Laplace Transform Problem - Peacewise Functions

Okay so this problem has been giving me nightmares ever since I laid eyes on it.

The problem: y'' - y = f(t), y(0) = 1, y'(0) = 0

f(t) = 1, 0 (less than equal to) t (less than) pi/2
f(t) = sin(t), t (greater than equal to) pi/2

Any help would be appreciated putting me in the right direction.

Thank you in advance.

--Julie

Answers and Replies

I think the best way forward would be:

except f(t) isn't 1, read the post again. for piecewise functions use the unit step (heaviside) function.

djeitnstine
Gold Member
You can rewrite f(t) in terms of the heaviside function as matticus said, then perform the transform.

$$f(t)=1+H(t-\frac{\pi}{2})+\left(sin(t)-1\right)H(t-\frac{\pi}{2})$$

Edit since latex isn't working....

f(t)=1+H(t-[pi/2])+[sin(t)-1]*H(t-[pi/2])

where H(t-[pi/2]) denotes the unit step function.

Hi I was thinking about the same approach as xfunctionx.

Please advise to see whether his approach is correct or not.

Thanks

djeitnstine
Gold Member
maths.tuition welcome to PF.

If you are speaking of doing the same thing that xfunctionx did for bathtub's differential equation that would be wrong

f(t) = 1, 0 (less than equal to) t (less than) pi/2
f(t) = sin(t), t (greater than equal to) pi/2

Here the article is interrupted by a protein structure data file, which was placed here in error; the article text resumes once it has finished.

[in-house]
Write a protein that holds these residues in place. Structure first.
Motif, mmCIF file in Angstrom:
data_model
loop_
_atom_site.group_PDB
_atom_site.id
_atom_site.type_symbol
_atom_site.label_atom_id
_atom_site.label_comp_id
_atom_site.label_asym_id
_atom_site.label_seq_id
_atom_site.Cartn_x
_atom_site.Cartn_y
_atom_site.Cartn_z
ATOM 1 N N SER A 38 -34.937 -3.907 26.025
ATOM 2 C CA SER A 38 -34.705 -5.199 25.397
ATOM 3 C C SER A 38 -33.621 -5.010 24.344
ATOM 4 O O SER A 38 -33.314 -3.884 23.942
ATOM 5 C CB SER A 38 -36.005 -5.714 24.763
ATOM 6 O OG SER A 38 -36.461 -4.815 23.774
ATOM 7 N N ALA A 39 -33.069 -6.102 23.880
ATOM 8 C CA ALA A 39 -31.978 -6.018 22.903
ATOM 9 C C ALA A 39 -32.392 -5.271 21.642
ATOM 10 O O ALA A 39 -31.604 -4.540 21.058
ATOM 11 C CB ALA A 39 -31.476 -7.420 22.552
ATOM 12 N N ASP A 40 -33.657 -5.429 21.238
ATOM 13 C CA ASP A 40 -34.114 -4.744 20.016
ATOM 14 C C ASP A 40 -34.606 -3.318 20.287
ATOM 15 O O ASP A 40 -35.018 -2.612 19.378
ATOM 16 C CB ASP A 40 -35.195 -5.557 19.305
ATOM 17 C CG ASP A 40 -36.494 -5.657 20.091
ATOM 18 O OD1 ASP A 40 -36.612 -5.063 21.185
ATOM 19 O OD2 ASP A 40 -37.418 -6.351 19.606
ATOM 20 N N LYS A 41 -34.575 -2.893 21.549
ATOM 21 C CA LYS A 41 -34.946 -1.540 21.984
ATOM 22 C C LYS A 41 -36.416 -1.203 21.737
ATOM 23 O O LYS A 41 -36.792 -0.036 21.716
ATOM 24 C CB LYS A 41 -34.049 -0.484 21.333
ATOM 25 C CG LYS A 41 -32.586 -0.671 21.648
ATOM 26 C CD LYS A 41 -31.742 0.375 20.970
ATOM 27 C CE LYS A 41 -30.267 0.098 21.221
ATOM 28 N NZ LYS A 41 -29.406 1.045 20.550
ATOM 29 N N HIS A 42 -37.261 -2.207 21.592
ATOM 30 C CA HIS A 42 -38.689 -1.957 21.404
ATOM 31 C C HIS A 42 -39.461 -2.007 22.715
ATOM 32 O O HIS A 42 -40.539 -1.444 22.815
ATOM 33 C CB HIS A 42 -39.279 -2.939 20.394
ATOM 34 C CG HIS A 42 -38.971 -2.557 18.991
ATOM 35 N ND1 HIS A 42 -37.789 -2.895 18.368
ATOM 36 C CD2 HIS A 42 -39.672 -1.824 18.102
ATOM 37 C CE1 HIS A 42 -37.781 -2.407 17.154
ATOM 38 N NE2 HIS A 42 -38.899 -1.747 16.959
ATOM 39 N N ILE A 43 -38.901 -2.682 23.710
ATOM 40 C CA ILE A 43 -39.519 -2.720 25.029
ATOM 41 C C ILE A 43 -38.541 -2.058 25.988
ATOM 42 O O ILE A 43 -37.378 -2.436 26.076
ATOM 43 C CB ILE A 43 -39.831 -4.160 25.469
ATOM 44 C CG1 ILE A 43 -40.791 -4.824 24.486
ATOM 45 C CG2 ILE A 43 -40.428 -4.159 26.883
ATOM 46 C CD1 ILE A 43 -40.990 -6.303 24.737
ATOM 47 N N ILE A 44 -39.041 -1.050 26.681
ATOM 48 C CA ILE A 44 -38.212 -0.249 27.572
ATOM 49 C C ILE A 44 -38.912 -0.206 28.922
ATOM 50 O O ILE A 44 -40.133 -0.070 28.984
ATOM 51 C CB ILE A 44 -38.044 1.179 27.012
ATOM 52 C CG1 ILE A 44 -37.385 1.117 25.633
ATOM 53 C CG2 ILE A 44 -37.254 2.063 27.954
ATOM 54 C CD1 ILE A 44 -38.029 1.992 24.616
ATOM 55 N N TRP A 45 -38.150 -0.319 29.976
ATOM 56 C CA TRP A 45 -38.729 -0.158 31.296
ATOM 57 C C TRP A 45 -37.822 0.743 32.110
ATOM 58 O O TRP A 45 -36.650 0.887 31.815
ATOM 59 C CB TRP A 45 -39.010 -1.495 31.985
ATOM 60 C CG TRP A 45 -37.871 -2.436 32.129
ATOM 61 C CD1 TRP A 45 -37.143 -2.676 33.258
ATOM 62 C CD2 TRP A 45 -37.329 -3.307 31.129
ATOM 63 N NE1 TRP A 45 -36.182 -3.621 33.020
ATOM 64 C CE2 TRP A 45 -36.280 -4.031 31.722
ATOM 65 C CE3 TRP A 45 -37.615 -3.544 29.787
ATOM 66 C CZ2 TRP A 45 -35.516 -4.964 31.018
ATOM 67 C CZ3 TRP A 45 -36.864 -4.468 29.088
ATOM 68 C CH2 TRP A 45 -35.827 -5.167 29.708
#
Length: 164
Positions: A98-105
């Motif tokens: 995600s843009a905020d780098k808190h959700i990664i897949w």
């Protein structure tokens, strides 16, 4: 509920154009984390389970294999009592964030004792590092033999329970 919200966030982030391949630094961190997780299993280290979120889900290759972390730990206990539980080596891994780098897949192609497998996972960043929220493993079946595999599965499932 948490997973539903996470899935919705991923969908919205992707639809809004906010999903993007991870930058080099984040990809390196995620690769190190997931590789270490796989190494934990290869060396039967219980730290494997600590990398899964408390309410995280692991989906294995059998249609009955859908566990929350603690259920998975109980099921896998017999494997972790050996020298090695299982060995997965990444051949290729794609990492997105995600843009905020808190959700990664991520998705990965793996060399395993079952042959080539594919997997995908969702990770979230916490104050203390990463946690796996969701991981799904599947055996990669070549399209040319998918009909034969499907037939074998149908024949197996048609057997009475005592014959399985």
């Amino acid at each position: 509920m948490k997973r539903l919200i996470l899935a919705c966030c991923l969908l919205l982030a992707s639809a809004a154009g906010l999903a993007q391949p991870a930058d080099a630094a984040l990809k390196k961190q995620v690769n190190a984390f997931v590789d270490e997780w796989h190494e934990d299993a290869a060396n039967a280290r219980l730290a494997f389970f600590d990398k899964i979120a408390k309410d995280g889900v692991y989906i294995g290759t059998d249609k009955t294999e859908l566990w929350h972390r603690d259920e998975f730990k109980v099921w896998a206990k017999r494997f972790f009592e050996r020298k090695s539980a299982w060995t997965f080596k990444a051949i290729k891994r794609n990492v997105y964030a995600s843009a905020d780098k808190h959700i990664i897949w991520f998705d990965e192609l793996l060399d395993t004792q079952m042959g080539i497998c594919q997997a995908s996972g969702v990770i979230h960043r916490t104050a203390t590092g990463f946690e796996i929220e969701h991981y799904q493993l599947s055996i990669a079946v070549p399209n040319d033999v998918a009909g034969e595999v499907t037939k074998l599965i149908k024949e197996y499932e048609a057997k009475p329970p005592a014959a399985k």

does not simply equal 1 for all t, please note I already stated the proper form of the function(in terms of the unit step function) to get the the laplace transform for f(t)

"f(t)=1+H(t-[pi/2])+[sin(t)-1]*H(t-[pi/2])"

Last edited:
maths.tuition welcome to PF.

If you are speaking of doing the same thing that xfunctionx did for bathtub's differential equation that would be wrong

f(t) = 1, 0 (less than equal to) t (less than) pi/2
f(t) = sin(t), t (greater than equal to) pi/2

does not simply equal 1 for all t, please note I already stated the proper form of the function(in terms of the unit step function) to get the the laplace transform for f(t)

"f(t)=1+H(t-[pi/2])+[sin(t)-1]*H(t-[pi/2])"

I think this last expression is wrong. Musn't this be:

$$L\left{H(t)-H\left(t-\frac{\pi}{2}\right)+sin(t)H\left(t-\frac{\pi}{2}\right)\right}= L\left{H(t)-H\left(t-\frac{\pi}{2}\right)+cos\left(t-\frac{\pi}{2}\right)H\left(t-\frac{\pi}{2}\right)\right}$$

There seems to be something definitely wrong with the latex generation, it keeps posting things from older replies of other posts of me :grumpy:

coomast

djeitnstine
Gold Member
You are right the correct function is

f(t)=1+H(t-[pi/2])+[sin(t)-2]*H(t-[pi/2])

one had to subtract 2 from sin and not 1 or else you would be left with 2-1+sin{t} = 1+sin(t)

thanks for catching that mistake

You are right the correct function is

f(t)=1+H(t-[pi/2])+[sin(t)-2]*H(t-[pi/2])

one had to subtract 2 from sin and not 1 or else you would be left with 2-1+sin{t} = 1+sin(t)

thanks for catching that mistake

OK, next attempt for a good latex formula. I think it is still not OK, I got:

$$L\left[H(t)-H\left(t-\frac{\pi}{2}\right)+sin(t)H\left(t-\frac{\pi}{2}\right)\right]= L\left[H(t)-H\left(t-\frac{\pi}{2}\right)+cos\left(t-\frac{\pi}{2}\right)H\left(t-\frac{\pi}{2}\right)\right]$$

coomast